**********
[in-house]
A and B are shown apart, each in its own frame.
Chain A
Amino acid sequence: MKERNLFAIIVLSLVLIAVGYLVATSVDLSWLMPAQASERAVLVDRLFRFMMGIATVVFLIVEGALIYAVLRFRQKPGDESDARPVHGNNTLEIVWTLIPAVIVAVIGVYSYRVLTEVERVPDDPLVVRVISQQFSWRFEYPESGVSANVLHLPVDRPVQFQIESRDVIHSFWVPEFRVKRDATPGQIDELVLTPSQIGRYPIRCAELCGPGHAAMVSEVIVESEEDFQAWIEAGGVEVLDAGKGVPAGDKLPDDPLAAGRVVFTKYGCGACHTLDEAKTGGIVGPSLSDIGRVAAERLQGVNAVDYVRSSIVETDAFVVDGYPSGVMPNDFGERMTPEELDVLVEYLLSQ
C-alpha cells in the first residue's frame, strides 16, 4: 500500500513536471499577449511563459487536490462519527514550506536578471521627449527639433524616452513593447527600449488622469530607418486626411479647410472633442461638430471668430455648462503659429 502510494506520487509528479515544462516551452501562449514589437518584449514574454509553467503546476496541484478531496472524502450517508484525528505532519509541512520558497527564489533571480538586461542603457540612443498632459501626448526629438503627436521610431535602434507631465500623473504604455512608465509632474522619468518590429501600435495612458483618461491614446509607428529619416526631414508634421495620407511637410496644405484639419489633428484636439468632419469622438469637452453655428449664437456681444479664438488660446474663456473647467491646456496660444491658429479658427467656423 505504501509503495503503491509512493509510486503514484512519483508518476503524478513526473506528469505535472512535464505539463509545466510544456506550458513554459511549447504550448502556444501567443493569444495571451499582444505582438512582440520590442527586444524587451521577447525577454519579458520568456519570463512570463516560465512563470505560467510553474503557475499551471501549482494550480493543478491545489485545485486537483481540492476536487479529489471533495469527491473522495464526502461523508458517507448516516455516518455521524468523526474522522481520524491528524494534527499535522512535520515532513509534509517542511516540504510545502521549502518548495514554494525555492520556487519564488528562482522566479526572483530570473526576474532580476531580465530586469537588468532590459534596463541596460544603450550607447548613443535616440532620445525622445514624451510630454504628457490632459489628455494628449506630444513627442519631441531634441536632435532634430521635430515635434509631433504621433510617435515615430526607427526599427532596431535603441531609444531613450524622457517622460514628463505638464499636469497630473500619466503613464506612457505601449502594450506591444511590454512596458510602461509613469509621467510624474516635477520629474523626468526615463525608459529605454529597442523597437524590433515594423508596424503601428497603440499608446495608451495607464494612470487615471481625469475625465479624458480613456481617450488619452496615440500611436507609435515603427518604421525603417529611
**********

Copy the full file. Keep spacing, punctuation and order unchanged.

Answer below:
[in-house]
A and B are shown apart, each in its own frame.
Chain A
Amino acid sequence: MKERNLFAIIVLSLVLIAVGYLVATSVDLSWLMPAQASERAVLVDRLFRFMMGIATVVFLIVEGALIYAVLRFRQKPGDESDARPVHGNNTLEIVWTLIPAVIVAVIGVYSYRVLTEVERVPDDPLVVRVISQQFSWRFEYPESGVSANVLHLPVDRPVQFQIESRDVIHSFWVPEFRVKRDATPGQIDELVLTPSQIGRYPIRCAELCGPGHAAMVSEVIVESEEDFQAWIEAGGVEVLDAGKGVPAGDKLPDDPLAAGRVVFTKYGCGACHTLDEAKTGGIVGPSLSDIGRVAAERLQGVNAVDYVRSSIVETDAFVVDGYPSGVMPNDFGERMTPEELDVLVEYLLSQ
C-alpha cells in the first residue's frame, strides 16, 4: 500500500513536471499577449511563459487536490462519527514550506536578471521627449527639433524616452513593447527600449488622469530607418486626411479647410472633442461638430471668430455648462503659429 502510494506520487509528479515544462516551452501562449514589437518584449514574454509553467503546476496541484478531496472524502450517508484525528505532519509541512520558497527564489533571480538586461542603457540612443498632459501626448526629438503627436521610431535602434507631465500623473504604455512608465509632474522619468518590429501600435495612458483618461491614446509607428529619416526631414508634421495620407511637410496644405484639419489633428484636439468632419469622438469637452453655428449664437456681444479664438488660446474663456473647467491646456496660444491658429479658427467656423 505504501509503495503503491509512493509510486503514484512519483508518476503524478513526473506528469505535472512535464505539463509545466510544456506550458513554459511549447504550448502556444501567443493569444495571451499582444505582438512582440520590442527586444524587451521577447525577454519579458520568456519570463512570463516560465512563470505560467510553474503557475499551471501549482494550480493543478491545489485545485486537483481540492476536487479529489471533495469527491473522495464526502461523508458517507448516516455516518455521524468523526474522522481520524491528524494534527499535522512535520515532513509534509517542511516540504510545502521549502518548495514554494525555492520556487519564488528562482522566479526572483530570473526576474532580476531580465530586469537588468532590459534596463541596460544603450550607447548613443535616440532620445525622445514624451510630454504628457490632459489628455494628449506630444513627442519631441531634441536632435532634430521635430515635434509631433504621433510617435515615430526607427526599427532596431535603441531609444531613450524622457517622460514628463505638464499636469497630473500619466503613464506612457505601449502594450506591444511590454512596458510602461509613469509621467510624474516635477520629474523626468526615463525608459529605454529597442523597437524590433515594423508596424503601428497603440499608446495608451495607464494612470487615471481625469475625465479624458480613456481617450488619452496615440500611436507609435515603427518604421525603417529611